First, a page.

All messages, incoming AND outgoing, are checked for viruses before they are delivered. If a virus is present in a message, it will be stripped from the message before delivery. Although the message itself is not deleted, it will no longer be a threat to your system.

What you can do about viruses
The single best thing you can do to protect yourself against virus attacks is to have up-to-date antivirus software on your system, and make sure it is set to get updates automatically. Many of the new viruses can launch on your system by simply opening an email message. There are many vendors of antivirus products, including Symantec's Norton Antivirus, and McAfee. You may certainly wish to check others.

One other very important step is to suspect all messages with attachments that you receive, even those that purport to come from someone you know. Most of the newest viruses travel by compromised address books, so it is actually more likely that you'd receive an infected attachment coming from a name you recognize vs. a stranger. If you receive an attachment you weren't expecting, it is worth it to simply respond and ask the purported sender if they meant to send you whatever it was. If they did, you're probably safe. If they didn't, it's probably a virus.

The difference between spam and viruses
Though the lines are blurring, and though both can be damaging to your system or your privacy, spam and viruses are nevertheless different. Here are the primary ways:

  • Viruses are malicious code designed solely to cause damage and confusion
  • Spam is a marketing vehicle
  • Viruses attack address books, and send copies of themselves to others with someone else's name
  • Spammers often also try to make messages look like they're from a legitimate sender

When reporting spam or viruses, it's important to distinguish between the two. Spam is always trying to sell something, ultimately. Messages containing viruses try to get you to open an attachment for various reasons--to "validate" your email account, restore "disabled" access, to see a photo, etc.
Most antivirus programs, at the time of this writing, do not trap spam because spam messages technically aren't malicious code. But that is changing as the threats evolve, and as spammers have in some cases toyed with using viruses as a vehicle to get their information disseminated more easily.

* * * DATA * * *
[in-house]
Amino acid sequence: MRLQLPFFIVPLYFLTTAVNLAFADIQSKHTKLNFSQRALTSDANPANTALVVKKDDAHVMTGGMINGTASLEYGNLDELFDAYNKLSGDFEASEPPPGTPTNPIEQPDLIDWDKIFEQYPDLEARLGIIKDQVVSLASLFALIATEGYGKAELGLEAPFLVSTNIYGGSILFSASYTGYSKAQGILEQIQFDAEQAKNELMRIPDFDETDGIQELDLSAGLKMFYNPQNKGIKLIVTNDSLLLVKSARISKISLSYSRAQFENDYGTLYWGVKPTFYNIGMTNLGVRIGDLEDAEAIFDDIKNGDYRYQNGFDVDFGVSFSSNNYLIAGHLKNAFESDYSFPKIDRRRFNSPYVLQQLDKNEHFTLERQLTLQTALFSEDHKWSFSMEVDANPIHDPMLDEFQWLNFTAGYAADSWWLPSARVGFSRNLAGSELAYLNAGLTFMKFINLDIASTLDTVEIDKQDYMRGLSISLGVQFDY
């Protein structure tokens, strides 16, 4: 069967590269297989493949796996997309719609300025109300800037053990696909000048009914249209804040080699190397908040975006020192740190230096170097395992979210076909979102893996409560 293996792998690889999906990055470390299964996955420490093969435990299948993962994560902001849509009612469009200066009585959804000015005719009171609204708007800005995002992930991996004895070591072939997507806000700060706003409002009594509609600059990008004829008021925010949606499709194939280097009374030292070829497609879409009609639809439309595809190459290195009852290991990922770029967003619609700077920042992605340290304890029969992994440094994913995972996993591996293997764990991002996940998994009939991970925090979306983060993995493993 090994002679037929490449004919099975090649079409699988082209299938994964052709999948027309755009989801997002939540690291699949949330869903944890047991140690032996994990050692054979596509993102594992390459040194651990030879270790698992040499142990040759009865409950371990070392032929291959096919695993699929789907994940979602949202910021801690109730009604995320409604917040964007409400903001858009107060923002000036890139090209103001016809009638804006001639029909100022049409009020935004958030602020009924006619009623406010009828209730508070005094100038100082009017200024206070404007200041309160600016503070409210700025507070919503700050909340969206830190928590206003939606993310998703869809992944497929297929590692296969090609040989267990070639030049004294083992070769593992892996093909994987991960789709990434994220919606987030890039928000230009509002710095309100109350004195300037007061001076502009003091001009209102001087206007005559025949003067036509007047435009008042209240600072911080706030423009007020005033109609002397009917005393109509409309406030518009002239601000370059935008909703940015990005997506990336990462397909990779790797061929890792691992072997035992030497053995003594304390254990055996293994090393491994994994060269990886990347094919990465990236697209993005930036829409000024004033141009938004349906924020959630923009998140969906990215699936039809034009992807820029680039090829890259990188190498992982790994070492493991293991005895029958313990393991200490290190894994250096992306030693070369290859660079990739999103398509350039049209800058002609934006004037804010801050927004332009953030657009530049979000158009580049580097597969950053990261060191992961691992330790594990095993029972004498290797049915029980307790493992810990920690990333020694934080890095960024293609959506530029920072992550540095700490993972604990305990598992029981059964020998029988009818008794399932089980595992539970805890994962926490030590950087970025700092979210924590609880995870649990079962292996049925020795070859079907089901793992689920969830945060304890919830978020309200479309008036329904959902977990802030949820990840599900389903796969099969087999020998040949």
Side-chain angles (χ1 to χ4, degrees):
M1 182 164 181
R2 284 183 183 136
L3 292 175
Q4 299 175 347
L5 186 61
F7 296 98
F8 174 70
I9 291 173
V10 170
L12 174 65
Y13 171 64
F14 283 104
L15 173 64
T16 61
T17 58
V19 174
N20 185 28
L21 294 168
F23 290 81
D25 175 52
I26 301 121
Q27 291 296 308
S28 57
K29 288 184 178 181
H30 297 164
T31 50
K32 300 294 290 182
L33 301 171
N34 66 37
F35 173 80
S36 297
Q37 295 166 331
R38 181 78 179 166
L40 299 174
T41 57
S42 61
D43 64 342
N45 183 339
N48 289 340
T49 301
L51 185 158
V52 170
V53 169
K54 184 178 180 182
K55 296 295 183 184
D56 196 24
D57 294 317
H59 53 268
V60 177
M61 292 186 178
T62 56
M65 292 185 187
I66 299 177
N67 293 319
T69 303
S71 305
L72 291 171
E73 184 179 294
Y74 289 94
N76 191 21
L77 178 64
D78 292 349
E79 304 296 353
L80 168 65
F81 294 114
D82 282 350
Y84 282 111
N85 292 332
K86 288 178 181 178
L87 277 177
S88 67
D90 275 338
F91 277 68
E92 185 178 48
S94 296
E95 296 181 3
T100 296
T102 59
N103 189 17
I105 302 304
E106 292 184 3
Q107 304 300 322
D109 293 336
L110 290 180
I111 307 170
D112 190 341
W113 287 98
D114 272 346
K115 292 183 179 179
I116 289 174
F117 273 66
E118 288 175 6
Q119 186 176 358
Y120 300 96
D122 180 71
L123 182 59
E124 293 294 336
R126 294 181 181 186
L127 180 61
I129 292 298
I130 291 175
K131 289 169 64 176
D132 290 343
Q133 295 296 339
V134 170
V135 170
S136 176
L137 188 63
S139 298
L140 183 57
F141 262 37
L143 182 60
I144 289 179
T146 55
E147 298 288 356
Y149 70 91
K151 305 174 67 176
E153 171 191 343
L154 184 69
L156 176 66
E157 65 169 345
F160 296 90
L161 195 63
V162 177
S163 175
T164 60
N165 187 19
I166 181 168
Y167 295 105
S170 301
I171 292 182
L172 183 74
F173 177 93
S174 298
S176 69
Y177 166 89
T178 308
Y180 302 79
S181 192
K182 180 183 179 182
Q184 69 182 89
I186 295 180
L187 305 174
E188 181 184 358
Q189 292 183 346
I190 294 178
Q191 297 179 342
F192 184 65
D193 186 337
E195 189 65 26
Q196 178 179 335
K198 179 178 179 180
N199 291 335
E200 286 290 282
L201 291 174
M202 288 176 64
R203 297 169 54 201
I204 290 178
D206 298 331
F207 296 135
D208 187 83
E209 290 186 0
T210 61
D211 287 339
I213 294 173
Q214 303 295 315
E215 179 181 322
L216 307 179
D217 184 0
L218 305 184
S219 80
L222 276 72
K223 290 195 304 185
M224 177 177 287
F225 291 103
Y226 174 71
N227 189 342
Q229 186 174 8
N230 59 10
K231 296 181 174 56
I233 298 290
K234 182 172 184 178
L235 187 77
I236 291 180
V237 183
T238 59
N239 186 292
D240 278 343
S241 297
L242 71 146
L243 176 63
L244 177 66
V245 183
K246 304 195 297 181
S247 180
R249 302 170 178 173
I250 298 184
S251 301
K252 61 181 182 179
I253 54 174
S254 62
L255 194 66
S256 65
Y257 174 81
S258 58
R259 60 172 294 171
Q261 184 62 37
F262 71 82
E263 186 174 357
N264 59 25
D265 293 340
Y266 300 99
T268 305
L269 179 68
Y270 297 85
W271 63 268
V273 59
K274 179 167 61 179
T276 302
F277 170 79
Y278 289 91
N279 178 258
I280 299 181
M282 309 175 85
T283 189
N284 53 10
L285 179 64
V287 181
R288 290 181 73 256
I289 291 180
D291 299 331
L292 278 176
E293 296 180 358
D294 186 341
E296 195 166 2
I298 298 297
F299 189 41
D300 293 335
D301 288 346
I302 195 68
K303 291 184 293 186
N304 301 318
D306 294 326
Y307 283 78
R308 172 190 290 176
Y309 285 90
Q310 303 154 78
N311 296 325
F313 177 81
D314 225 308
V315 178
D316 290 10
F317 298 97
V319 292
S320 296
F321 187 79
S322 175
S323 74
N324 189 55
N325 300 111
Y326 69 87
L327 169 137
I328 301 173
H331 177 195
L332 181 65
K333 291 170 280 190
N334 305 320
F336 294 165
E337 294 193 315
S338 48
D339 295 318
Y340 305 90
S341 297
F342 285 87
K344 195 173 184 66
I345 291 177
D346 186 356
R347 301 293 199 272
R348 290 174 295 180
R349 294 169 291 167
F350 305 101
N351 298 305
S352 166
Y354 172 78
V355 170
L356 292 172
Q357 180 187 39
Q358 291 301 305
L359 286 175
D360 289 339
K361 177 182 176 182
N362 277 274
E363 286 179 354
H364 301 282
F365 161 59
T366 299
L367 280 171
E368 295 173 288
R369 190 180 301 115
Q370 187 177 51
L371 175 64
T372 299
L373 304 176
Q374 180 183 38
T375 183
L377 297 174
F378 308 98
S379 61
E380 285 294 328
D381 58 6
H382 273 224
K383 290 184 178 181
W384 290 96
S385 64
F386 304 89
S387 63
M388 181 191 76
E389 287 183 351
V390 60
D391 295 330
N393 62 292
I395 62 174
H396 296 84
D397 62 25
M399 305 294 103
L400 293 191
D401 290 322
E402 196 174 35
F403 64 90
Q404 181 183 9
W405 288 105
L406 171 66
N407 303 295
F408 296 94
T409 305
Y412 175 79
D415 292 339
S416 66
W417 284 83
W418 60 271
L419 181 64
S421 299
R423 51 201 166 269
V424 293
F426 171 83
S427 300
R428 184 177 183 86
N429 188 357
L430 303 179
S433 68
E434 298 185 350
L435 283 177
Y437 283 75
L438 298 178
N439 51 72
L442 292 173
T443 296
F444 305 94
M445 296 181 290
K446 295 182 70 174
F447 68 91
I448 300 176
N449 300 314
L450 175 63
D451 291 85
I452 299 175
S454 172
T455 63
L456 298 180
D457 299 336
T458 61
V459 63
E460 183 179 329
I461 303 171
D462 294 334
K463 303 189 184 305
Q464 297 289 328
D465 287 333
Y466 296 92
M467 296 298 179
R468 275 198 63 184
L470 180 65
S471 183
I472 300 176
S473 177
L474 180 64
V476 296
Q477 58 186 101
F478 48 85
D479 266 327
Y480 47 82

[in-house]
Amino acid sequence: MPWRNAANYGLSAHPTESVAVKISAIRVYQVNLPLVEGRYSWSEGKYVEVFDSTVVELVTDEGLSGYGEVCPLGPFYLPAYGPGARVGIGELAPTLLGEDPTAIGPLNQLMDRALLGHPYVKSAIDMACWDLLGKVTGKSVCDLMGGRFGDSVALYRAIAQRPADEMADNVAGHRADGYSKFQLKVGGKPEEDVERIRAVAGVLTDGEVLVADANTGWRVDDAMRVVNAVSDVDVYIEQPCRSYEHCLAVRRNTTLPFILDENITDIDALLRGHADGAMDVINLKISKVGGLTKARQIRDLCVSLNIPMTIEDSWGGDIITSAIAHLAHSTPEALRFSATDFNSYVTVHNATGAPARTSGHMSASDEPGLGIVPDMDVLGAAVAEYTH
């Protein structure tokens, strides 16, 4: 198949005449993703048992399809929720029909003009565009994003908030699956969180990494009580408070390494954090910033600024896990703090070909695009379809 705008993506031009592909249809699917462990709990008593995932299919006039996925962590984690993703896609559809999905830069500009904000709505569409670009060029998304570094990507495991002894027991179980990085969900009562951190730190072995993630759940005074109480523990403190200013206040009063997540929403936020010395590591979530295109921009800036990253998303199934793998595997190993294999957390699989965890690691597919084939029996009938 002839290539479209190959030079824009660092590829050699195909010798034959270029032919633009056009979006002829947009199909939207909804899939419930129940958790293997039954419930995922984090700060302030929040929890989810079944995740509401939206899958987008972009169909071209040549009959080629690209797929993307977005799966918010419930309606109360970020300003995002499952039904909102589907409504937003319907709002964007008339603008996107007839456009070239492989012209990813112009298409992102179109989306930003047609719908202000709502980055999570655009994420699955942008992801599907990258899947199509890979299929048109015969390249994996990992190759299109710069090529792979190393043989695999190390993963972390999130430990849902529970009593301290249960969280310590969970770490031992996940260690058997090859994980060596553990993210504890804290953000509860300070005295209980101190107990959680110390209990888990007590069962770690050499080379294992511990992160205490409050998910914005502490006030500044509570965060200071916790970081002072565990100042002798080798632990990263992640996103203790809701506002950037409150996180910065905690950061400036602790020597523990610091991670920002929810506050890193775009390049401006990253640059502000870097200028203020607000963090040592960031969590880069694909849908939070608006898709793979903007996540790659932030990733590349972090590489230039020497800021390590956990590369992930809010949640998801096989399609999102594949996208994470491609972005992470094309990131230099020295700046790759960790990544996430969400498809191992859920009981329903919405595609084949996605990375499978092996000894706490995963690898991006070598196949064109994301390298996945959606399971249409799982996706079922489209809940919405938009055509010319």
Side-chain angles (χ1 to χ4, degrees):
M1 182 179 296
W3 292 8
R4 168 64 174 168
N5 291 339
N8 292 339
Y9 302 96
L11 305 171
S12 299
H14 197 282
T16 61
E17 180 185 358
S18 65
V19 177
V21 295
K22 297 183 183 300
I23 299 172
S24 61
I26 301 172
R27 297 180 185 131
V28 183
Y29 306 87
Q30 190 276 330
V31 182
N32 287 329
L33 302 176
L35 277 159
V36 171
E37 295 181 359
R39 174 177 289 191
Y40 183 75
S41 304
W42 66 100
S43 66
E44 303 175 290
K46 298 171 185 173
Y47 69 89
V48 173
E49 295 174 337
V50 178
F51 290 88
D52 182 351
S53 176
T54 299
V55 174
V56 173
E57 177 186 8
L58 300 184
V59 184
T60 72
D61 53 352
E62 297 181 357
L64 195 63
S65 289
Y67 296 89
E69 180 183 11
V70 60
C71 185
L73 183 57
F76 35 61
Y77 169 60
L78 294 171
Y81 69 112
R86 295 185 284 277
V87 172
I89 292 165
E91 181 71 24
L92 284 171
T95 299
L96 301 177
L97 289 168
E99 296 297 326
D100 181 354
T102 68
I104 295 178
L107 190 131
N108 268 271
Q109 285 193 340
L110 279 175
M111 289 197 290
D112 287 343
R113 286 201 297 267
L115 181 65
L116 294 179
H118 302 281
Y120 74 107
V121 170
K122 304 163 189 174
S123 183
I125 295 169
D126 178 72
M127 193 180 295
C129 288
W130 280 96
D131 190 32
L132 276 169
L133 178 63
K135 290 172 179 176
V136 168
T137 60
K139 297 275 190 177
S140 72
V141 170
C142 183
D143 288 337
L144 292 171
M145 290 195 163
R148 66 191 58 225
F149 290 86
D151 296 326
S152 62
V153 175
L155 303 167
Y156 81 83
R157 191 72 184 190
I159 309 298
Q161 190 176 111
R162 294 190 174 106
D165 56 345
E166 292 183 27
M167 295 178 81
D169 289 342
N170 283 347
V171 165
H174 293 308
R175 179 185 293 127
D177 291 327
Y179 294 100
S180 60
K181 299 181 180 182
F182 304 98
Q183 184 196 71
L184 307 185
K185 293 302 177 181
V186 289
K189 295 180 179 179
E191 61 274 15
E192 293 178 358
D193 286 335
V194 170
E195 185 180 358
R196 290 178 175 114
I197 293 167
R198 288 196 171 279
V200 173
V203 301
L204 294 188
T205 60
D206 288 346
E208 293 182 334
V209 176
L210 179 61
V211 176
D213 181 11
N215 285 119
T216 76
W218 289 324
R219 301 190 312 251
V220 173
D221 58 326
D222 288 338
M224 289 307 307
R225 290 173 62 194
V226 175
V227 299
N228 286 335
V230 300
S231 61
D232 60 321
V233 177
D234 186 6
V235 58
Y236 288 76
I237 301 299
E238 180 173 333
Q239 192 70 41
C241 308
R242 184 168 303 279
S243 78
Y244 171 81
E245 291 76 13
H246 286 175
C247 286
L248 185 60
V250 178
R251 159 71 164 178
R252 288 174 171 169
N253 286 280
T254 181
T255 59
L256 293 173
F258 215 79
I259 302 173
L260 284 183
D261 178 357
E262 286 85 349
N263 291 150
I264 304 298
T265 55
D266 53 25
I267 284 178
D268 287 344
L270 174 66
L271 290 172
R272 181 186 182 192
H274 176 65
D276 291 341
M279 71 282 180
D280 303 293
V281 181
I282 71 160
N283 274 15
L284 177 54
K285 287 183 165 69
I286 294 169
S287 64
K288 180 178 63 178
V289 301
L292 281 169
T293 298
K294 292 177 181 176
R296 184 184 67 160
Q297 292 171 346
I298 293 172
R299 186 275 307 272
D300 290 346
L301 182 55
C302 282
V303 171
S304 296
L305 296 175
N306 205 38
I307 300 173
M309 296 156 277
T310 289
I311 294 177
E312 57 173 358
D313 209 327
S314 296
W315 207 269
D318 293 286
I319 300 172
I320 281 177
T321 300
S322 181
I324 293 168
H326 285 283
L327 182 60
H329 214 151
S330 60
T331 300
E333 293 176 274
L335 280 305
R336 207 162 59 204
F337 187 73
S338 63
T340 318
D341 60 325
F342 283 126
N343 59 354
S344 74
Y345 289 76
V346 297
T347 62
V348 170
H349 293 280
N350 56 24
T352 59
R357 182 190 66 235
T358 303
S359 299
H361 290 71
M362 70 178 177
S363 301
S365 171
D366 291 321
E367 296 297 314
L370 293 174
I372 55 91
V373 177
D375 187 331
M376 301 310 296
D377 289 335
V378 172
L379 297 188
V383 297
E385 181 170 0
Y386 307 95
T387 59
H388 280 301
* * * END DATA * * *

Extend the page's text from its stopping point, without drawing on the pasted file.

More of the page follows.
The email I received appears to be from the State Bar, but is it real?
Many newer viruses are attached to an email that purports to be from the administration of a domain, such as: "Administrator of azbar.org," "The Cybertrails.com Team," etc. The false message usually says that there is something about your account that needs your attention - that it has been or will be deactivated, will be suspended, or something similar. Regardless of the message content, the goal of the text is always the same: to get you to open the attachment, which is the virus. Clicking on the attachment will deploy the virus if you are not protected by up-to-date antivirus software.

Never click on an attachment unless you are confident of its authenticity. If the State Bar does send an email message to azbar.org users, it will always contain a State Bar staff person's name and a phone number so you can call to verify the authenticity of the message. In addition, if you are unsure of the validity of an email from the State Bar, click on your "reply" button and send us a message. The State Bar will respond and confirm its validity. If the message is from a spammer, it is likely you will get no response or you will get an "undeliverable" message.

The difference between viruses and adware/spyware
As with viruses and spam, the lines are blurring between viruses and adware/spyware. But there is still a difference. Viruses are written simply to wreak havoc. Adware/spyware is written to find out information about you that will help them know what kinds of spam or popup ads you're likely to respond to. The problem with adware/spyware is that it is often so poorly coded that it can cause as many problems for your system as a virus can.

Ways to combat adware/spyware
There are several free programs available to help combat adware and spyware. It is not a bad idea to use both, since there are technical differences between adware and spyware.

Two of the most popular free programs are AdAware, and SpyBot Search & Destroy. Clicking those two names will take you to a download page on Download.com for each respective program. You can find other spyware-killing applications on that site, as well. Microsoft also has an anti-spyware application Microsoft Security Essentials that you can get directly from Microsoft. Again, you may wish to consult an independent professional to determine what's best for your needs.